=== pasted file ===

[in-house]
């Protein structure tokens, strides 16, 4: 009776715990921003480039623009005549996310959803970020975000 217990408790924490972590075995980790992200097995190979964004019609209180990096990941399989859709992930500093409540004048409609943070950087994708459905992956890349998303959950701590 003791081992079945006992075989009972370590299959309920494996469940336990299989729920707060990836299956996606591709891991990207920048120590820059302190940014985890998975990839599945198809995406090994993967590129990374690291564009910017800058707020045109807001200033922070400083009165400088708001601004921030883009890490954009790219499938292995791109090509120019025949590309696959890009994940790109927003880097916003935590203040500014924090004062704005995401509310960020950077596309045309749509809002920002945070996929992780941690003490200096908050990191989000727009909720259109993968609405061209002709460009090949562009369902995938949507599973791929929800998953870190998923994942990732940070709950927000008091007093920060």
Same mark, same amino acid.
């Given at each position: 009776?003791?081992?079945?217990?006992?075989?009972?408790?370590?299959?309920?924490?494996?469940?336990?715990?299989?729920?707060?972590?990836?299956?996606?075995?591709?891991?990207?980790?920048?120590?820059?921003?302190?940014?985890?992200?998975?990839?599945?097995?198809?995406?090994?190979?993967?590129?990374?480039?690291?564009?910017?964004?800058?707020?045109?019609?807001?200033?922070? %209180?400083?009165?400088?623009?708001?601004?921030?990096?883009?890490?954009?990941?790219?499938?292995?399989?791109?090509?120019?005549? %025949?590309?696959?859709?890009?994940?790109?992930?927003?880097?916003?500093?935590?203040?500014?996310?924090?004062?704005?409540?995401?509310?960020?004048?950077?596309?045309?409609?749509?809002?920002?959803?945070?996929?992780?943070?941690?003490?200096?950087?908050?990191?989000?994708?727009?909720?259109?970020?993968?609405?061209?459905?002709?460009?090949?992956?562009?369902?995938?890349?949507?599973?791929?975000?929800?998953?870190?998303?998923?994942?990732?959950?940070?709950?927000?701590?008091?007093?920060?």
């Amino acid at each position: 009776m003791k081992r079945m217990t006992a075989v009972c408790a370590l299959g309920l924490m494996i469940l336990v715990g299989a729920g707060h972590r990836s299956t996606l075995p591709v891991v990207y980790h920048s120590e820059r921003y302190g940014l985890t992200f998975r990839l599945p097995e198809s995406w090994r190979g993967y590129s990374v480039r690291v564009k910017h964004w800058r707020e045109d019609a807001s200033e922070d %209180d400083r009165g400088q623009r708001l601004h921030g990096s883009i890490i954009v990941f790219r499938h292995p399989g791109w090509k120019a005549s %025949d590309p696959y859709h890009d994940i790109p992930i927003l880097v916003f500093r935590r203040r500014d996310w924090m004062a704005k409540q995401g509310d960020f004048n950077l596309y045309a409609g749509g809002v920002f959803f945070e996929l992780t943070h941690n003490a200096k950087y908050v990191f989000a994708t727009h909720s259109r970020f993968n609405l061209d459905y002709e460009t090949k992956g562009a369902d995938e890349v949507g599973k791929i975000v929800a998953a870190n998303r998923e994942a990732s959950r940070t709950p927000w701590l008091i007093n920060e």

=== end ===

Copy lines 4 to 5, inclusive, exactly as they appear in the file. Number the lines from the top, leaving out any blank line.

């Given at each position: 009776?003791?081992?079945?217990?006992?075989?009972?408790?370590?299959?309920?924490?494996?469940?336990?715990?299989?729920?707060?972590?990836?299956?996606?075995?591709?891991?990207?980790?920048?120590?820059?921003?302190?940014?985890?992200?998975?990839?599945?097995?198809?995406?090994?190979?993967?590129?990374?480039?690291?564009?910017?964004?800058?707020?045109?019609?807001?200033?922070? %209180?400083?009165?400088?623009?708001?601004?921030?990096?883009?890490?954009?990941?790219?499938?292995?399989?791109?090509?120019?005549? %025949?590309?696959?859709?890009?994940?790109?992930?927003?880097?916003?500093?935590?203040?500014?996310?924090?004062?704005?409540?995401?509310?960020?004048?950077?596309?045309?409609?749509?809002?920002?959803?945070?996929?992780?943070?941690?003490?200096?950087?908050?990191?989000?994708?727009?909720?259109?970020?993968?609405?061209?459905?002709?460009?090949?992956?562009?369902?995938?890349?949507?599973?791929?975000?929800?998953?870190?998303?998923?994942?990732?959950?940070?709950?927000?701590?008091?007093?920060?």
């Amino acid at each position: 009776m003791k081992r079945m217990t006992a075989v009972c408790a370590l299959g309920l924490m494996i469940l336990v715990g299989a729920g707060h972590r990836s299956t996606l075995p591709v891991v990207y980790h920048s120590e820059r921003y302190g940014l985890t992200f998975r990839l599945p097995e198809s995406w090994r190979g993967y590129s990374v480039r690291v564009k910017h964004w800058r707020e045109d019609a807001s200033e922070d %209180d400083r009165g400088q623009r708001l601004h921030g990096s883009i890490i954009v990941f790219r499938h292995p399989g791109w090509k120019a005549s %025949d590309p696959y859709h890009d994940i790109p992930i927003l880097v916003f500093r935590r203040r500014d996310w924090m004062a704005k409540q995401g509310d960020f004048n950077l596309y045309a409609g749509g809002v920002f959803f945070e996929l992780t943070h941690n003490a200096k950087y908050v990191f989000a994708t727009h909720s259109r970020f993968n609405l061209d459905y002709e460009t090949k992956g562009a369902d995938e890349v949507g599973k791929i975000v929800a998953a870190n998303r998923e994942a990732s959950r940070t709950p927000w701590l008091i007093n920060e």